The unsung heroes in reducing emissions in transport
If there’s one thing we’ve learned from COP26, it’s that we’ve a long way to go before we hit our CO2 emissions targets of which the transport industry is one of the biggest contributors. The sector accounts for 23% of the world’s energy-related CO2 emissions, and so, if businesses neglect to place sustainability at the crux of their strategies, they’re likely to fall behind, fast.
There’s so much ongoing discourse about going greener with new transport methods, but if the industry truly wishes to progress with its sustainability targets, one thing that it needs to leverage is the latest data-capturing and immersive technology available. By collecting data on infrastructure emissions, they can make sure the data becomes visually accessible and useable, so that it can be better understood to create real change. This technology is available now, but it’s simply not being harnessed to its full potential.
The current state of sustainability within the transport sector
The UK is currently aiming to reduce emissions by 78% by 2035, and whilst these are some of the world’s most ambitious climate change targets to-date, they are achievable, but only if the transport sector plays its part.
That’s not to say that the sector has been wholly complacent so far: we have seen a shift towards more environmentally friendly modes of transport, such as electric and hybrid cars, with some studies revealing that one electric car on the road can save an average of 1.5 million grams of CO2. Other modes of transport are also sure to follow suit, such as HS2, which according to reports can achieve savings of 57 grams of carbon emissions per person, per km, when compared with the same journey by petrol car, or even possibly the electric planes that Nasa are currently working on.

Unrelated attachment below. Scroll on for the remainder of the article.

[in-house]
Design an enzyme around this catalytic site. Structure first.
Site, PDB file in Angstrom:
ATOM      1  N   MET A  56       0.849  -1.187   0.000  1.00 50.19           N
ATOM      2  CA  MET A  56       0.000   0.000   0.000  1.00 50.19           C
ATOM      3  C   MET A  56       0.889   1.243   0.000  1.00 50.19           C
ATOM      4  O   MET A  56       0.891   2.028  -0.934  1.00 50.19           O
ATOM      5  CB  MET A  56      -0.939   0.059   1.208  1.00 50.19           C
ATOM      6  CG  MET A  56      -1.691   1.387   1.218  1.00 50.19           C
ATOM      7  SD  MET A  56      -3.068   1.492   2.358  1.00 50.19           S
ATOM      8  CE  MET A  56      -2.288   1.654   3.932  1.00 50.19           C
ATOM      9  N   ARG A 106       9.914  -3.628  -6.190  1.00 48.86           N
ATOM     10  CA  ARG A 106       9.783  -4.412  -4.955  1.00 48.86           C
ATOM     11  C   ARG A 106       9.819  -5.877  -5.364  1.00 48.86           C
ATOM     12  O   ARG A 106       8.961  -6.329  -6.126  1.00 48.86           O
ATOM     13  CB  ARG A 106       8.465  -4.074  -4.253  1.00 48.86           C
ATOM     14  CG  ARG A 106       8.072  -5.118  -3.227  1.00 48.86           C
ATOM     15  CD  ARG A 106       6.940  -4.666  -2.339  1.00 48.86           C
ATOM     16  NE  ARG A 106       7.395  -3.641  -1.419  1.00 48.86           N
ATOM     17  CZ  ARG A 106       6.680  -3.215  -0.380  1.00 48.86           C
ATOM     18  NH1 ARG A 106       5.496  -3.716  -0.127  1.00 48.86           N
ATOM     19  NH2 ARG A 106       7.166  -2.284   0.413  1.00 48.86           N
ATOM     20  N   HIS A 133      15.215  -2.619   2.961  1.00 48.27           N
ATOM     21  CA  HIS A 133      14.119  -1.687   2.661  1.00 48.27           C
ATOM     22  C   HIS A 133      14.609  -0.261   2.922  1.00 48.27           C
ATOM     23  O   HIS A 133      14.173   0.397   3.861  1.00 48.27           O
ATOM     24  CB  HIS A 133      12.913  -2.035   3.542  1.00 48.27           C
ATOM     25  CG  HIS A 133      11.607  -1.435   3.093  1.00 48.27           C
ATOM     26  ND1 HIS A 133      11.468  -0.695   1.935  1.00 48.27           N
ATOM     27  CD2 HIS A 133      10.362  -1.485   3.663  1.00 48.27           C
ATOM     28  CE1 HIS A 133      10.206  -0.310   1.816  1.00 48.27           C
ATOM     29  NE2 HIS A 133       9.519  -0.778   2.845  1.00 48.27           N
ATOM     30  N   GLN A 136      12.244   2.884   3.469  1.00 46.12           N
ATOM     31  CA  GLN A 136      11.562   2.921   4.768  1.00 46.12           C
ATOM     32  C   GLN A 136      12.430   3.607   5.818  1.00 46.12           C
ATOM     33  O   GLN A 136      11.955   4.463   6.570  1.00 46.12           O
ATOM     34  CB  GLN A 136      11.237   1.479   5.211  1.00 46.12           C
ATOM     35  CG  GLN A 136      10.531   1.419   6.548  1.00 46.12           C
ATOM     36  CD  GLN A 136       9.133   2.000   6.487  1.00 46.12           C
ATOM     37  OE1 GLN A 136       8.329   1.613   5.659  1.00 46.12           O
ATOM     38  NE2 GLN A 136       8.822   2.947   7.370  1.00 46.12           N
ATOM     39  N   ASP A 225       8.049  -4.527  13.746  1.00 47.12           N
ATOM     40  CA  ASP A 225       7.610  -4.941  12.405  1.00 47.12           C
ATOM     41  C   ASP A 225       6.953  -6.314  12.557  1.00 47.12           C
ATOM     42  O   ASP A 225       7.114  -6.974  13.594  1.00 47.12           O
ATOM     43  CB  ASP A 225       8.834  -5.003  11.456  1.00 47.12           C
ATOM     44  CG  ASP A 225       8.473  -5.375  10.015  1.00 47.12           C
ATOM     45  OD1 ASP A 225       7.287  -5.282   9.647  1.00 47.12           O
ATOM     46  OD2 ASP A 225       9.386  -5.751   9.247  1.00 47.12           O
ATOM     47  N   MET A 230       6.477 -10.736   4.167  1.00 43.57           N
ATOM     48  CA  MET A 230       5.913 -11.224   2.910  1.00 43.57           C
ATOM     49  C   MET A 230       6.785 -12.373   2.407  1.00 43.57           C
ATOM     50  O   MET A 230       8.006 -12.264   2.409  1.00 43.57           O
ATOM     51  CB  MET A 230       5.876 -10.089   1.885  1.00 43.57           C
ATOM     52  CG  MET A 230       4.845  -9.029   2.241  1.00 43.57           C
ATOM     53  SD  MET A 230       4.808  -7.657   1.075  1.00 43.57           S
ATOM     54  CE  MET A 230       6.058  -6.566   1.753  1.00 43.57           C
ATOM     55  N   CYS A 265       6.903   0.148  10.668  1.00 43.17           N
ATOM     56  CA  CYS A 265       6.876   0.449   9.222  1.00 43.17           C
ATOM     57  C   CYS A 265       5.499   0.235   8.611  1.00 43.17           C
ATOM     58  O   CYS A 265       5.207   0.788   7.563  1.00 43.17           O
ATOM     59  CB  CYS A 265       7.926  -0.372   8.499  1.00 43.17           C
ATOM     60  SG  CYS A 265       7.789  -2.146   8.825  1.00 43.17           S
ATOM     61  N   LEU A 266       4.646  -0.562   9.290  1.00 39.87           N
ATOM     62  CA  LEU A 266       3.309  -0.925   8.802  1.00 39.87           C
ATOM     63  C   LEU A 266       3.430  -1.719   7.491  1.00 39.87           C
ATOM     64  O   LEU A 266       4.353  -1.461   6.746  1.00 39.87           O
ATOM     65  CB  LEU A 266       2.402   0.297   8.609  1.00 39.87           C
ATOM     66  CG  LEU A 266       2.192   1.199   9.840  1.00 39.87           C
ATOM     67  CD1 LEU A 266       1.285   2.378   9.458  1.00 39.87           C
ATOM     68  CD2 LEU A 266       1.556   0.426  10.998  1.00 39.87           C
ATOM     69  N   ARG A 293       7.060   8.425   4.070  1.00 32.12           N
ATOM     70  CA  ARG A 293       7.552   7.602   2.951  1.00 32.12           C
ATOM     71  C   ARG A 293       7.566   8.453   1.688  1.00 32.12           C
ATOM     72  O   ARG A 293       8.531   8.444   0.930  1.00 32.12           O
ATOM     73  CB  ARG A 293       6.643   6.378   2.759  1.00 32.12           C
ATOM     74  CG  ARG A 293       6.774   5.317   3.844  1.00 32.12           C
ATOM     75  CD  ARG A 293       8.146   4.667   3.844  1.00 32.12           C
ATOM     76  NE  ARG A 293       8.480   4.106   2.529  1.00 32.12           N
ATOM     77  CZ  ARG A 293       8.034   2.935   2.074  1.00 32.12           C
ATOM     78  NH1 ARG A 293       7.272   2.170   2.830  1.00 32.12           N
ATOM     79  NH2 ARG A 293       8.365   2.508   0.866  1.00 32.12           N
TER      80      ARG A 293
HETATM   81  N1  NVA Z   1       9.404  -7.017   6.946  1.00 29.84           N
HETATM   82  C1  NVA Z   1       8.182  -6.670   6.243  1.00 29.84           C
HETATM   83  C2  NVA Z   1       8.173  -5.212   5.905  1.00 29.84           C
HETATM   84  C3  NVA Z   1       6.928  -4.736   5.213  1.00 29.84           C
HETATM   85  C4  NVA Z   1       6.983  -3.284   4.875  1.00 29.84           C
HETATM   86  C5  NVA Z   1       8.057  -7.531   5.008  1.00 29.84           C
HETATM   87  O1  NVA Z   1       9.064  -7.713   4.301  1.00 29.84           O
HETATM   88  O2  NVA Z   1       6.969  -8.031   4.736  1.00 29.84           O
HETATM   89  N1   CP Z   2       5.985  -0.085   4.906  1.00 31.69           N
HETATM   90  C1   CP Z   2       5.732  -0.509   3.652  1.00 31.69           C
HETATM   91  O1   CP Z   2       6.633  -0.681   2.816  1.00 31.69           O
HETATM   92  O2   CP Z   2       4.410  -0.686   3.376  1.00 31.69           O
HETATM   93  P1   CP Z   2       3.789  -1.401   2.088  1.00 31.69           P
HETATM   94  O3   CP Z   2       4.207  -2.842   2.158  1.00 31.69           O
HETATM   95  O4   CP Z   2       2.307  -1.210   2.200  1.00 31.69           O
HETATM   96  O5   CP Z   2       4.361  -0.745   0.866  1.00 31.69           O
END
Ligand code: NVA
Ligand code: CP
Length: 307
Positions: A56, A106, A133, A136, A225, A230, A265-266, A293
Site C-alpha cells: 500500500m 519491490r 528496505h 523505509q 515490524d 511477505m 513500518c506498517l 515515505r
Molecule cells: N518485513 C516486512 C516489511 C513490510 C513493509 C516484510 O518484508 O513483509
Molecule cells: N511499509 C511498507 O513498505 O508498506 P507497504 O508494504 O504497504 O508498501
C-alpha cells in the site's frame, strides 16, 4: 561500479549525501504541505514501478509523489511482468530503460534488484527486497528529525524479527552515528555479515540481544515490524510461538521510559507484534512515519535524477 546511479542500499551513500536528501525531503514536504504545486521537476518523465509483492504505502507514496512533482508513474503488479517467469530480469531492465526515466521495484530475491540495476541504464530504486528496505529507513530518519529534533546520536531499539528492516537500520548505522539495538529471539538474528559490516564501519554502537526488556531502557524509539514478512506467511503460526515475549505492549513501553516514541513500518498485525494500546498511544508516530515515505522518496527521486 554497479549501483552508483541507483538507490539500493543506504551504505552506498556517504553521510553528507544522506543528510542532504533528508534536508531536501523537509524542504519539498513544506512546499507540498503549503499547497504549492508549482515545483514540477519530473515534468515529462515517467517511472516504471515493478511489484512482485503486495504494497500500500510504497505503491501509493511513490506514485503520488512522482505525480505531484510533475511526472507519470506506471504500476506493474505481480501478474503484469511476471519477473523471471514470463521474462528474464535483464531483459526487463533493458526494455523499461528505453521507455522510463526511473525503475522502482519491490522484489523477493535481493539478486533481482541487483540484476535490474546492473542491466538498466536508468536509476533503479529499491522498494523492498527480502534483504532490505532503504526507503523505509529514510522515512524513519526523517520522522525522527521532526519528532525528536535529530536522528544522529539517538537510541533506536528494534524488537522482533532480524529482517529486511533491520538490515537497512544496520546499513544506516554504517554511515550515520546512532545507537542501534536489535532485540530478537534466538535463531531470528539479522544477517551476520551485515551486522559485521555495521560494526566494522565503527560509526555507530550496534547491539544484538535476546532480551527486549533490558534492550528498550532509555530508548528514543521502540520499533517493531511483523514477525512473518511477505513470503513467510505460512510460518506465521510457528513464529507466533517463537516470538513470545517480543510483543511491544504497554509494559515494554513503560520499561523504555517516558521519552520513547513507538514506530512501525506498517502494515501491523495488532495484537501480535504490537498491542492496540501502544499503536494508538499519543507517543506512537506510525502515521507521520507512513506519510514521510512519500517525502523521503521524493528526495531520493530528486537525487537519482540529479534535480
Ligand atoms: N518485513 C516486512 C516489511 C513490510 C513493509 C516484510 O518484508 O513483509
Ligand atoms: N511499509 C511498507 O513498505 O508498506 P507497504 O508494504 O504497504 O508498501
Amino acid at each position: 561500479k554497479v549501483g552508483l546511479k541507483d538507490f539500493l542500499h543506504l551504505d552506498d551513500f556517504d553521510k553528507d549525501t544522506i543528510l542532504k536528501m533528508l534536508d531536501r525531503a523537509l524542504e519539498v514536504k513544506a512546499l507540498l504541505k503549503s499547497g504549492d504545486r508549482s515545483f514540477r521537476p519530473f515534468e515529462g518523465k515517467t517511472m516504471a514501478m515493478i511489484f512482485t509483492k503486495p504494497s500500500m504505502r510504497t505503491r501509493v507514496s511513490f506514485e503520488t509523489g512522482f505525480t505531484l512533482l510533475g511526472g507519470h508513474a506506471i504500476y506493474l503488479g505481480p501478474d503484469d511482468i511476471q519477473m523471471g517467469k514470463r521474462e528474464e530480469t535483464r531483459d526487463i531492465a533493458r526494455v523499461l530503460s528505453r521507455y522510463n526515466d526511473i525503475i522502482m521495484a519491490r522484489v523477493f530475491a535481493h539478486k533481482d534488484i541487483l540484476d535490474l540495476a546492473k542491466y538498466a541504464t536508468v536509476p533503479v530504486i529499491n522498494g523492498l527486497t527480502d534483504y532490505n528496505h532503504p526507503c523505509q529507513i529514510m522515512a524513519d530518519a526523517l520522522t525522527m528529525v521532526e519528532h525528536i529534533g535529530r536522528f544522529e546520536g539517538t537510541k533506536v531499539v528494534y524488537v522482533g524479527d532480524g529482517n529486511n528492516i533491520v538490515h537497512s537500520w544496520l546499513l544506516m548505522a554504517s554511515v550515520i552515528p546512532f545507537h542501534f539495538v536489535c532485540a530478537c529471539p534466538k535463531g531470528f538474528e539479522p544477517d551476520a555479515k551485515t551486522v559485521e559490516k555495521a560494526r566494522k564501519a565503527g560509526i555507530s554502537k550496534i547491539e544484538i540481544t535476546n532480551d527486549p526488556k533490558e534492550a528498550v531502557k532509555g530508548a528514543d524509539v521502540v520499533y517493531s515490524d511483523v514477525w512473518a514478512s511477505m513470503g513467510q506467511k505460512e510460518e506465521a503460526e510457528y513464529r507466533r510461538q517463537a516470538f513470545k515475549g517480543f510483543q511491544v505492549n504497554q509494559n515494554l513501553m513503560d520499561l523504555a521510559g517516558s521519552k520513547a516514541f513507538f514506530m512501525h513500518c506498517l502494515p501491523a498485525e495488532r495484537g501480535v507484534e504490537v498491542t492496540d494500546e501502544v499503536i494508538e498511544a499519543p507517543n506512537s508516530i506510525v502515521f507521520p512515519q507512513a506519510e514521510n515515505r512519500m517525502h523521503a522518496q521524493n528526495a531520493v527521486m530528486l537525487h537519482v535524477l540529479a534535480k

However, these newer models of transport are not always better for the environment and are ultimately just a piece of the wider solution. It’s clear, therefore, that greater strides need to be taken if the transport industry is to play its part in reducing overall emissions and contribute to the UK’s ambitious targets by 2035.
The role of Data Capture and Immersive Technology
While evaluating and changing modes of transport is a good start, it doesn’t tackle another side of the problem that is often missed - the infrastructure required to support said mode of travel. Using new technology to ensure infrastructure such as roads, rail tracks, tunnels, stations and airports are sustainable should be a key aspect of any transport company’s net-zero endeavour and in many cases even the start of their initiative.
Immersive technology refers to technologies which let us experience data and information in the same ways we do in our everyday surroundings by either immersing us inside a computer-generated space or by overlaying the data we need in a way that we can leverage it interactively; namely Virtual Reality (VR), Augmented Reality (AR) or Extended Reality (XR). These engaging technologies simulate the world around us and are a powerful tool in unlocking the value of data by enabling the visualisation of information and data from multiple data feeds to be assembled in the context of its environment.
Using this technology, businesses can process the captured data to create digital twins of real-world spaces that fuse all the data needed to assess the entire health of the building or space, and analyse what is impacting the environment inside and outside that space. It provides the insights into where the hotspots are and thus where you need to focus your efforts. Following here, ongoing measurement can show how pollutants such as CO2 are reducing (or increasing) over time, which allows for predictions and critical decisions to be made based on real-time data.
The key to hitting sustainability targets
Ultimately, individuals alone cannot visualise the effects of climate change. While environmental advocates, governments, and scientists are doing their best to shed light on the urgency of the issue, the key to enabling more people to understand fully is in the potential of capture and immersive technology together. Immersive technology can place the captured data visually, in a comprehensible way, to help map the effects of climate change and sustainability before the simulation becomes our reality, whilst also creating a new, exciting, and memorable form of storytelling.
From a sustainable business perspective, the information that can be gathered and assessed via digital twins is sure to be fundamental in the fight against climate change, and we’ll begin to see more companies testing out plans and actions in real-time without having to deal with the consequences thanks to simulations and digital models. It may not be the complete answer to solving CO2 emissions issues, but it sure can prove to help exponentially if implemented correctly.